Aston Villa completed the English “six in a row” (made 7 out of 8 a couple of years later), reaching the pinnacle of the club’s history with a 1-0 win over Bayern thanks to a 67th minute goal by Peter Withe. Elsewhere in Europe, IFK Göteborg of Sweden hit their own personal high by winning the UEFA Cup, defeating Hamburg over two legs in the final (a feat repeated in 1987 by beating Dundee United).

At the time of writing, this would have meant Villa and Göteborg – as the two continental cup winners – facing each other at the start of the following season in the “Super Cup”. But modern fans may forget that this was not always the case, as at one stage the long, lost Cup Winners’ Cup was considered equal to, or more important, than the UEFA Cup. After all, entrants to the Cup Winners’ Cup had – obviously – won something to get there, while the UEFA Cup sides had “merely” finished respectably the league without any silverware to show for it.

Therefore, Villa’s future opponents had been decided back on May 12th in the Camp Nou when Barcelona defeated Belgium’s Standard Liege 2-1 in the CWC final, powered by the Danish striker Allan Simonsen.


Barcelona fans celebrate, off and on the pitch, their side winning the Cup Winners' Cup final vs Standard Liege, May 12, 1982.

More differences to the modern version of the Super Cup – which was originally introduced following the 1972/73 season – included the fact it too was a two-legged home and away affair, rather than held in a neutral venue (until 1998 when Monaco’s Stade Louis II began 15 years of hosting a one-off game instead).  Another was that the matches were played in January of the following year, meaning that the culmination of the season that had started back with the preliminary round of the Cup Winners’ Cup on August 19th, 1981, didn’t arrive until early 1983.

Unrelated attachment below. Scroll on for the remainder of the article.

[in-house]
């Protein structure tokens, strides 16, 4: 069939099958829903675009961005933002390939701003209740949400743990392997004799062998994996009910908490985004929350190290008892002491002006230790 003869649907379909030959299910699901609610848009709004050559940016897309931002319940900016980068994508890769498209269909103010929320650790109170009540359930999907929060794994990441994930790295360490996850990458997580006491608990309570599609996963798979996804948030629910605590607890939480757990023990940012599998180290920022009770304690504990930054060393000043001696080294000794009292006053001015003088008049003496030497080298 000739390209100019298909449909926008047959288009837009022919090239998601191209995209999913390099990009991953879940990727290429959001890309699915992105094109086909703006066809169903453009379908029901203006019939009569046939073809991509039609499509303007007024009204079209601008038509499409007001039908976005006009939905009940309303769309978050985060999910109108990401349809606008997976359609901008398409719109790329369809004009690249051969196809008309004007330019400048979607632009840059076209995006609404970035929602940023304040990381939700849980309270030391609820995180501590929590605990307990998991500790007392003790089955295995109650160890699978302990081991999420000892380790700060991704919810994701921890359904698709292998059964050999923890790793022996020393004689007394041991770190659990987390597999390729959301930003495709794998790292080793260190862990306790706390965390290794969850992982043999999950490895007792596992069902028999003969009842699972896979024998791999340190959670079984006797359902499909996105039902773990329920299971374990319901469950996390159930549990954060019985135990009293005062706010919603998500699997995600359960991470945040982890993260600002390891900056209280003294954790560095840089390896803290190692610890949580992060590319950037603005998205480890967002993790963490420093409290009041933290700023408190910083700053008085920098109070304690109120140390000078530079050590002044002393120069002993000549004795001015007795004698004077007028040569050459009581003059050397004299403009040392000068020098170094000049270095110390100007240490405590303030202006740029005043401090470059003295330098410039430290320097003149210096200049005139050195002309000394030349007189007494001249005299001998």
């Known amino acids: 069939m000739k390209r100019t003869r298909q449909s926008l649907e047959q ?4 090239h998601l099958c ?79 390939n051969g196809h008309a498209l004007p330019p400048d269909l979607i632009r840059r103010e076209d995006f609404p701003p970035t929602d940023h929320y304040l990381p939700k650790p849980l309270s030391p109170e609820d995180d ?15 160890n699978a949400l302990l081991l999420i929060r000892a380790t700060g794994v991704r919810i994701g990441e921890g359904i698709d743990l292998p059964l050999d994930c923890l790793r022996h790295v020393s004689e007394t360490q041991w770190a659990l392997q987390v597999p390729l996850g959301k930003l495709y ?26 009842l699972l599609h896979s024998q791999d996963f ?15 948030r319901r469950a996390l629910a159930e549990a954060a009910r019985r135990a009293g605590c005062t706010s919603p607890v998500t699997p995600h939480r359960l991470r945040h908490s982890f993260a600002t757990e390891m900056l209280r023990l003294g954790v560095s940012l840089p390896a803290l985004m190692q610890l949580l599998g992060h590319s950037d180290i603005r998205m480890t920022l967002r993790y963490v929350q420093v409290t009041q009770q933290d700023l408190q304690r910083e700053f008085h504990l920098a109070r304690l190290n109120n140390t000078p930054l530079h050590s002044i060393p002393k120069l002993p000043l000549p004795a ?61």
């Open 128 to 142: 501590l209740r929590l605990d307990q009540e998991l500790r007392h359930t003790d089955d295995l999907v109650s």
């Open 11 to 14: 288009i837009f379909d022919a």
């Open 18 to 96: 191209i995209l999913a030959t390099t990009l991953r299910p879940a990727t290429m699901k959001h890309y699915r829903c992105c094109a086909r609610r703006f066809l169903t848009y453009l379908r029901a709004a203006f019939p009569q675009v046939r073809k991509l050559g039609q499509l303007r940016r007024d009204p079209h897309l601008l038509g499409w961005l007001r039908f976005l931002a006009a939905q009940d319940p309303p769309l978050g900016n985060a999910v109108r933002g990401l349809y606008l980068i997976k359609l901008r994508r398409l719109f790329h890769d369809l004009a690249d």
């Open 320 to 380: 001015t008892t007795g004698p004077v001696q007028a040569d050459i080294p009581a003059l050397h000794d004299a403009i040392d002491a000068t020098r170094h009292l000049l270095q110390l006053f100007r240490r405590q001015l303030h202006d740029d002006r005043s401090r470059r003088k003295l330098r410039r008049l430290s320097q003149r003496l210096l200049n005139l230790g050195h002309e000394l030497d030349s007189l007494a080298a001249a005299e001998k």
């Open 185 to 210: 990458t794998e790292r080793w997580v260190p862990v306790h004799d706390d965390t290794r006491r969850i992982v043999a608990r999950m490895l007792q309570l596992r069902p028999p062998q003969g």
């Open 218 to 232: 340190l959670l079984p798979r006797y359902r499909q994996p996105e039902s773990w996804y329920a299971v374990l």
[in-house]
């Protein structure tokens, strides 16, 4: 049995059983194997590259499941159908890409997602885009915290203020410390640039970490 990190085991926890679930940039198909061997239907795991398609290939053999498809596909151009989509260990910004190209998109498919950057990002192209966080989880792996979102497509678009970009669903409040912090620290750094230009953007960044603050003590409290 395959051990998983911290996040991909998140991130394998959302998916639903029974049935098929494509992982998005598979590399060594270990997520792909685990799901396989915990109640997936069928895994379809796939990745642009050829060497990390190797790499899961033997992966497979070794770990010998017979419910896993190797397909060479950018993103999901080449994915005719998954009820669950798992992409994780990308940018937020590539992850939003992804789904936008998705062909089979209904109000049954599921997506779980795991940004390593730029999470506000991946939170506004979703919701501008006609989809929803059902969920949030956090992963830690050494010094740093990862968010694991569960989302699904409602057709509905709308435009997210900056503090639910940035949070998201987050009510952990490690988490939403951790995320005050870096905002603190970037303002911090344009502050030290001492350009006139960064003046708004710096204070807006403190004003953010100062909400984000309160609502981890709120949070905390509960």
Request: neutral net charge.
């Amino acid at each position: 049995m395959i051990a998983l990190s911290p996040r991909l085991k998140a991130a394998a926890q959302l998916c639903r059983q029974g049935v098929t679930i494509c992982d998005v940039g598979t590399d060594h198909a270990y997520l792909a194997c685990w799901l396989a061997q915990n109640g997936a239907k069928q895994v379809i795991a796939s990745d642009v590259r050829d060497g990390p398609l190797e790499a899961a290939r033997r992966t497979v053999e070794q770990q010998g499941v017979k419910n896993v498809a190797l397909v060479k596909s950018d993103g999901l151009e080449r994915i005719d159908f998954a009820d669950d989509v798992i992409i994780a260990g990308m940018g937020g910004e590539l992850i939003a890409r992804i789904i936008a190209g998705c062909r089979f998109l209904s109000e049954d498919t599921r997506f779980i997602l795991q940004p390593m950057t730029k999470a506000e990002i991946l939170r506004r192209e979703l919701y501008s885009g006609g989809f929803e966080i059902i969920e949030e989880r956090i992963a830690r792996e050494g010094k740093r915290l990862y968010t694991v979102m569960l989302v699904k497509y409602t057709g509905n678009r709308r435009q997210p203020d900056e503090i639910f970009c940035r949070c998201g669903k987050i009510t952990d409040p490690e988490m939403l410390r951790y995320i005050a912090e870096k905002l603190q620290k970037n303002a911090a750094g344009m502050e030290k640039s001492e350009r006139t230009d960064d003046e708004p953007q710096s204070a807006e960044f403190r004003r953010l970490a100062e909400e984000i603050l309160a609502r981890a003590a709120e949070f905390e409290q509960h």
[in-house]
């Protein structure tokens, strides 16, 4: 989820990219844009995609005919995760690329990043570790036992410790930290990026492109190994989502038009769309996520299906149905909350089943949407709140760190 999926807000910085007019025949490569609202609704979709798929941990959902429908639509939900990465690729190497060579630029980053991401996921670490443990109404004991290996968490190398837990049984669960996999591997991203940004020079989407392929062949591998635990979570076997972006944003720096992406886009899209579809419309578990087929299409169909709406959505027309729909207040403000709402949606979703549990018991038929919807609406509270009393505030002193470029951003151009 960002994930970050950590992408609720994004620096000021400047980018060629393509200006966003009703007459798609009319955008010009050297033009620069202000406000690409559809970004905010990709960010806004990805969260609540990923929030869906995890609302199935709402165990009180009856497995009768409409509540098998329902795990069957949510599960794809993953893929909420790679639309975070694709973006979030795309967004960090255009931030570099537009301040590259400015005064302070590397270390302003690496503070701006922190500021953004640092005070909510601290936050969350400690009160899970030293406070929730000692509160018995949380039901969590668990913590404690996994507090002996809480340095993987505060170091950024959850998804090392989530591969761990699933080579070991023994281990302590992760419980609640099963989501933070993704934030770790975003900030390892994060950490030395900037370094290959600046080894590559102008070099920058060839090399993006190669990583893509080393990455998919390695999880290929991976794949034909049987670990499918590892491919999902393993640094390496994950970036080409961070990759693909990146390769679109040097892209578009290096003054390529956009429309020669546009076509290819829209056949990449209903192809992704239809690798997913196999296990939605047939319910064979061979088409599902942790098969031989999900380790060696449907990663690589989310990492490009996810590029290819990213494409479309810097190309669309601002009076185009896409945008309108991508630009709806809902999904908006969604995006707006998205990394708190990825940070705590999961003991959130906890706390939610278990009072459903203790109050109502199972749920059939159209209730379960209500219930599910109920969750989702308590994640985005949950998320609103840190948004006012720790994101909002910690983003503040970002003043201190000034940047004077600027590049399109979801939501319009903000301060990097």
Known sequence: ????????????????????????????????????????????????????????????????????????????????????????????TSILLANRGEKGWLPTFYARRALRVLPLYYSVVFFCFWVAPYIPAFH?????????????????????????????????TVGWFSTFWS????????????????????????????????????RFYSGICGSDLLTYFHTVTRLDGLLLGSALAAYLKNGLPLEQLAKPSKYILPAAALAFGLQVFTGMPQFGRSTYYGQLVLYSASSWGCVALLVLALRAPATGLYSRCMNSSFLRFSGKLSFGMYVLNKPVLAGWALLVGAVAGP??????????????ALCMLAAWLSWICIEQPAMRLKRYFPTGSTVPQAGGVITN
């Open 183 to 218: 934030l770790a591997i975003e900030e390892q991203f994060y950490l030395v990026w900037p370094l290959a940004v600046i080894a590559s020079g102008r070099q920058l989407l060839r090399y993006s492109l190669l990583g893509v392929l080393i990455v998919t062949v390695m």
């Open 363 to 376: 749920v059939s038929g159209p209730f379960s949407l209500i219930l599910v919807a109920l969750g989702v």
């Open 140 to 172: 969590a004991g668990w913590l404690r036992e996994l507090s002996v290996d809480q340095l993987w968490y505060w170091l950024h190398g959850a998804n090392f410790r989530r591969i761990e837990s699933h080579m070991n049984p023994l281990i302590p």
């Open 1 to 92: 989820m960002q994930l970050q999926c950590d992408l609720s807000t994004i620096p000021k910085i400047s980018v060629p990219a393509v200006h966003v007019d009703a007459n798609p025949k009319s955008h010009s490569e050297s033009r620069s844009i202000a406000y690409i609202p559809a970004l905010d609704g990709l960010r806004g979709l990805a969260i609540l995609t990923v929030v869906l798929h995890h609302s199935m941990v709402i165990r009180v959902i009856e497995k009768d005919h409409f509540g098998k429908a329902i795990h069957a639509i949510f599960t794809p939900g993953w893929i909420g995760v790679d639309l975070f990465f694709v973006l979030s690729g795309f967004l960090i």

So the 1982 Super Cup was actually taking place in 83 (it would turn out to be the last year of this practice as the next edition was scheduled for November and December, resulting in two Super Cup finals in the same calendar year). At the first leg on Wednesday, January 19th, in the New Camp – on front of only 40,000 compared to the 100,000 in attendance for the Cup Winners’ Cup final – Spanish international Marcos Alonso gave the Catalans a 1-0 lead to take to England for the conclusion a week later.

The Match:

Aston Villa vs Barcelona, Villa Park, Birmingham, 26/01/1983: As with the first match in the tie, Villa Park is by no means full for the second leg, although the 31,000+ is still a respectable number for a Wednesday night:

As you all should know from our What Football Is Supposed To Look Like galleries, we love classic graphics and we get some good ones here, including substitutes:

As glimpsed above, the away side are wearing one of their all-time great attires, featuring a red/blue vertical strip over the glorious yellow background:

The home club’s Le Coq Sportif kit is not too shabby either (with matching dual sweatbands as standard):

Early on we can see that several sections of terrace behind the goal are completely closed-off, accounting for some of the “missing” support:

Along with some empty seats on the far side of the pitch near the corner:

At the other, huge “Holt End”, it is a different story in the enclosures:

The Villa Park pitch is also looking in quite commendable condition (compare to a UEFA Cup game against Dynamo Kiev the year before):

The handsomely dressed – but, as it turns out, dastardly – Barca team quickly put themselves on the home crowd’s bad side, with this later report from one fan in attendance explaining why (according to a YouTube comment):

The most obscene team performance I have ever been present at in football. Barcelona that night were disgusting. Cynical and clinical fouls, atrocious behaviour shoving the referee and the like. Punches thrown, kicks and appalling tackles.

More on that later. But the real action – the “descending into farce” part – begins in the second half, starting with one of the more bizarre offences you’ll see on a football pitch.

As a Villa player launches the ball forward, defender Julio Alberto suddenly plucks the it out of the air with his hands in an almost instinctual manner. As the referee blows the whistle and the crowd loose their sh*t, some of Alberto’s teammates have the gall to protest his yellow card: